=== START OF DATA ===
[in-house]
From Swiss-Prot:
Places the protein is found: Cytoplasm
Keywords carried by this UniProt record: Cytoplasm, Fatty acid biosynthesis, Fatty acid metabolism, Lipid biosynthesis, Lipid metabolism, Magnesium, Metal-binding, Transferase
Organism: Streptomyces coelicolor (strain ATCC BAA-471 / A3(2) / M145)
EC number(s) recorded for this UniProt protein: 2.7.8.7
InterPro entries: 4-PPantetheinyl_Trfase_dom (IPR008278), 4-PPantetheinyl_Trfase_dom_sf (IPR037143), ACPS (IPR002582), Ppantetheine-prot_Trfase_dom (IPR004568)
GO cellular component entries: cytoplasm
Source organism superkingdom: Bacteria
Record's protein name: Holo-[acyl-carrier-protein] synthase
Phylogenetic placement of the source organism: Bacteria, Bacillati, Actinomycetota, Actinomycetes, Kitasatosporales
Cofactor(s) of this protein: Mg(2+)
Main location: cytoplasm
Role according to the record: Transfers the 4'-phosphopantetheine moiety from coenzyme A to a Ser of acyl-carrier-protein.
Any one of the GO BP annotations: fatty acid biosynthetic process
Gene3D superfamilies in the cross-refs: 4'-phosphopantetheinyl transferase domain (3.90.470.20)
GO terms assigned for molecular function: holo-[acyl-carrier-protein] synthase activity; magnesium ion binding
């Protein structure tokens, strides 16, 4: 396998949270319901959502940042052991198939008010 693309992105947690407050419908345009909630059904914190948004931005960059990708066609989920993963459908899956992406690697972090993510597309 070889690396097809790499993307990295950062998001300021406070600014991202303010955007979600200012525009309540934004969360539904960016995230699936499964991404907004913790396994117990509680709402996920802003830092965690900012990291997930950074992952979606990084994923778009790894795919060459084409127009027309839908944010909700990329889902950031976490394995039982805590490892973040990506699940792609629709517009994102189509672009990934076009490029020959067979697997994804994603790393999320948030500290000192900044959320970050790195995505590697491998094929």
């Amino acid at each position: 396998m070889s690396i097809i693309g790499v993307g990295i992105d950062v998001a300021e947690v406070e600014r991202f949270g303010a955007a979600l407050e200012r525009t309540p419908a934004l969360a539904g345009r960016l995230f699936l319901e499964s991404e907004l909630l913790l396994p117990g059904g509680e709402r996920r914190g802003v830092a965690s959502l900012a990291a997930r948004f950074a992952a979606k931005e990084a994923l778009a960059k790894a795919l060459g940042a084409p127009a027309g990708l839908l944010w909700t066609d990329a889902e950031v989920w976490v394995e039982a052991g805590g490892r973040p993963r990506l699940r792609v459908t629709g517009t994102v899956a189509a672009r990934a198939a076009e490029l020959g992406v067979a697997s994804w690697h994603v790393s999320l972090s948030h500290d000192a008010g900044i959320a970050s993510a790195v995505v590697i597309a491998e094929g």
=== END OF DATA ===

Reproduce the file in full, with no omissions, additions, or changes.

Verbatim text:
[in-house]
From Swiss-Prot:
Places the protein is found: Cytoplasm
Keywords carried by this UniProt record: Cytoplasm, Fatty acid biosynthesis, Fatty acid metabolism, Lipid biosynthesis, Lipid metabolism, Magnesium, Metal-binding, Transferase
Organism: Streptomyces coelicolor (strain ATCC BAA-471 / A3(2) / M145)
EC number(s) recorded for this UniProt protein: 2.7.8.7
InterPro entries: 4-PPantetheinyl_Trfase_dom (IPR008278), 4-PPantetheinyl_Trfase_dom_sf (IPR037143), ACPS (IPR002582), Ppantetheine-prot_Trfase_dom (IPR004568)
GO cellular component entries: cytoplasm
Source organism superkingdom: Bacteria
Record's protein name: Holo-[acyl-carrier-protein] synthase
Phylogenetic placement of the source organism: Bacteria, Bacillati, Actinomycetota, Actinomycetes, Kitasatosporales
Cofactor(s) of this protein: Mg(2+)
Main location: cytoplasm
Role according to the record: Transfers the 4'-phosphopantetheine moiety from coenzyme A to a Ser of acyl-carrier-protein.
Any one of the GO BP annotations: fatty acid biosynthetic process
Gene3D superfamilies in the cross-refs: 4'-phosphopantetheinyl transferase domain (3.90.470.20)
GO terms assigned for molecular function: holo-[acyl-carrier-protein] synthase activity; magnesium ion binding
């Protein structure tokens, strides 16, 4: 396998949270319901959502940042052991198939008010 693309992105947690407050419908345009909630059904914190948004931005960059990708066609989920993963459908899956992406690697972090993510597309 070889690396097809790499993307990295950062998001300021406070600014991202303010955007979600200012525009309540934004969360539904960016995230699936499964991404907004913790396994117990509680709402996920802003830092965690900012990291997930950074992952979606990084994923778009790894795919060459084409127009027309839908944010909700990329889902950031976490394995039982805590490892973040990506699940792609629709517009994102189509672009990934076009490029020959067979697997994804994603790393999320948030500290000192900044959320970050790195995505590697491998094929």
């Amino acid at each position: 396998m070889s690396i097809i693309g790499v993307g990295i992105d950062v998001a300021e947690v406070e600014r991202f949270g303010a955007a979600l407050e200012r525009t309540p419908a934004l969360a539904g345009r960016l995230f699936l319901e499964s991404e907004l909630l913790l396994p117990g059904g509680e709402r996920r914190g802003v830092a965690s959502l900012a990291a997930r948004f950074a992952a979606k931005e990084a994923l778009a960059k790894a795919l060459g940042a084409p127009a027309g990708l839908l944010w909700t066609d990329a889902e950031v989920w976490v394995e039982a052991g805590g490892r973040p993963r990506l699940r792609v459908t629709g517009t994102v899956a189509a672009r990934a198939a076009e490029l020959g992406v067979a697997s994804w690697h994603v790393s999320l972090s948030h500290d000192a008010g900044i959320a970050s993510a790195v995505v590697i597309a491998e094929g």